Tapestry Needles have a blunt point and are used for projects such as Counted Cross stitch where you want to make sure the needle goes between the weave of the material. Also use for paper projects where the whole is pre-punched as well as plastic grid projects & embellishing.
Beading needles are a special needle made as thin of a diameter as is possible and have a blunt point.
General sewing thread is around four thousand's of an inch thick.The typical eye of a needle will easily accommodate it.
Embroidery floss comes in sets of six strands. You can use two or three strands at a time in most general sewing needle, but to use all 6 strands you need a bigger eye...see Embroidery eye or Side Threading needle eye.
Button thread, blue jean thread, heavier metallic thread...these need to have bigger eyes to allow the thicker threads into the eye.
Pearl Cotton is a heavier thread that comes in balls instead of on spools. The size of the needle needed depends on the size of the Pearl Cotton thread.
Size 12 Pearl Cotton is the thinnest.
Size 8 Pearl Cotton is the next size up and it fits in the size 22 needle.
Size 5 Pearl Cotton works in the size 20 needle
4 ply craft yarn will fit in the size 13 needle
Vision changes and dexterity issues can make threading a needle harder. Needle threaders can be difficult to get into that hole you can no longer see. Many people find open eyed needles to be the perfect solution.
Coming soon:Traditional eyes are completely closed. They may be round like the basic sharp needle has on the top. Or they might be long narrow holes like the embroidery eye below. Or anything between, but they are basically a hole stamped out of the end of a sharpened piece of wire.
On the left is the needle referred to as a self-threading needle (also called a calyx eye or a French spring eye). It threads through a tiny break in the eye at the end...between the prong like things on the top. In the middle is the patented side threading eye in a SENCH side threading needle. On the right is the patented Spiral Eye side threading needle.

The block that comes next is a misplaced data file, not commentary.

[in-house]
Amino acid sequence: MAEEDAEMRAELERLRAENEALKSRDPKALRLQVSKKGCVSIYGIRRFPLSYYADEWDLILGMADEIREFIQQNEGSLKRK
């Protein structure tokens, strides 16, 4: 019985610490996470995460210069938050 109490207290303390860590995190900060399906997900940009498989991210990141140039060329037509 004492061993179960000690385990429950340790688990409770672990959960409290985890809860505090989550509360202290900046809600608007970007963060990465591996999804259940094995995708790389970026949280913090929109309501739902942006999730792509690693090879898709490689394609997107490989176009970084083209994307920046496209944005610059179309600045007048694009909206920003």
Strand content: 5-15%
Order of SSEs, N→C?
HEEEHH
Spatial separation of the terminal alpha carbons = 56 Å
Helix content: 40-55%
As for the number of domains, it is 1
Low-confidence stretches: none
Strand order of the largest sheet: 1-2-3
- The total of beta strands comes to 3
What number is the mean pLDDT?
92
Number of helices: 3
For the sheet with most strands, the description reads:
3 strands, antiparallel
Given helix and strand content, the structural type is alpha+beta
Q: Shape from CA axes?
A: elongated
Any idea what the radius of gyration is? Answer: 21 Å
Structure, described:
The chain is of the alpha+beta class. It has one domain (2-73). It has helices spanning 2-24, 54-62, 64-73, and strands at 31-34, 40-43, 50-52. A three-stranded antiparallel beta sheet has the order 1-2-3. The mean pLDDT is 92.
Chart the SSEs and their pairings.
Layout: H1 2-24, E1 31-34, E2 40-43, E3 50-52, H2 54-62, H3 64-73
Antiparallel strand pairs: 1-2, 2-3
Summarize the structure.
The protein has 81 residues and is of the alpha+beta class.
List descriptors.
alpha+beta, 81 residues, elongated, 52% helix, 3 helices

Learn more on the Compare Needle page.
Coming soon: Leather work sometimes uses Glover's needles or triangular point needles to get through the leather. Sometimes you want a curved needle for doing an upholstery project. Maybe you want a a super long thin needle to sew your line through a fish bait. Specialty needles are offered too.
Stainless steel needles are made from a material used by surgeons so it is hypoallergenic to those with metal allergies. No plating to wear off, they are never going to rust ... so they will not leave a mark in your project.
or for traditional eyed needles
Ask yourself these basic questions:
Do you have special requirements?
What kind of thread are you using? Generally, most projects are going to use one or two strands of basic thread. All of the needles will hold that. But specialty size threads fit better in specialty needles.
Not everyone wants to pay the cost of an American made product. Pam's Original Spiral Eye Side Threading needles are the only hand sewing needles made in America. Made by a small family run business (Dad owns it, Mom does the books, son runs the shop and the dog answers the door.)
If your vision and dexterity allows you to thread a traditional eye needle, you might be happy with the PONY brand traditional eyed needles. Coming soon. Check back later.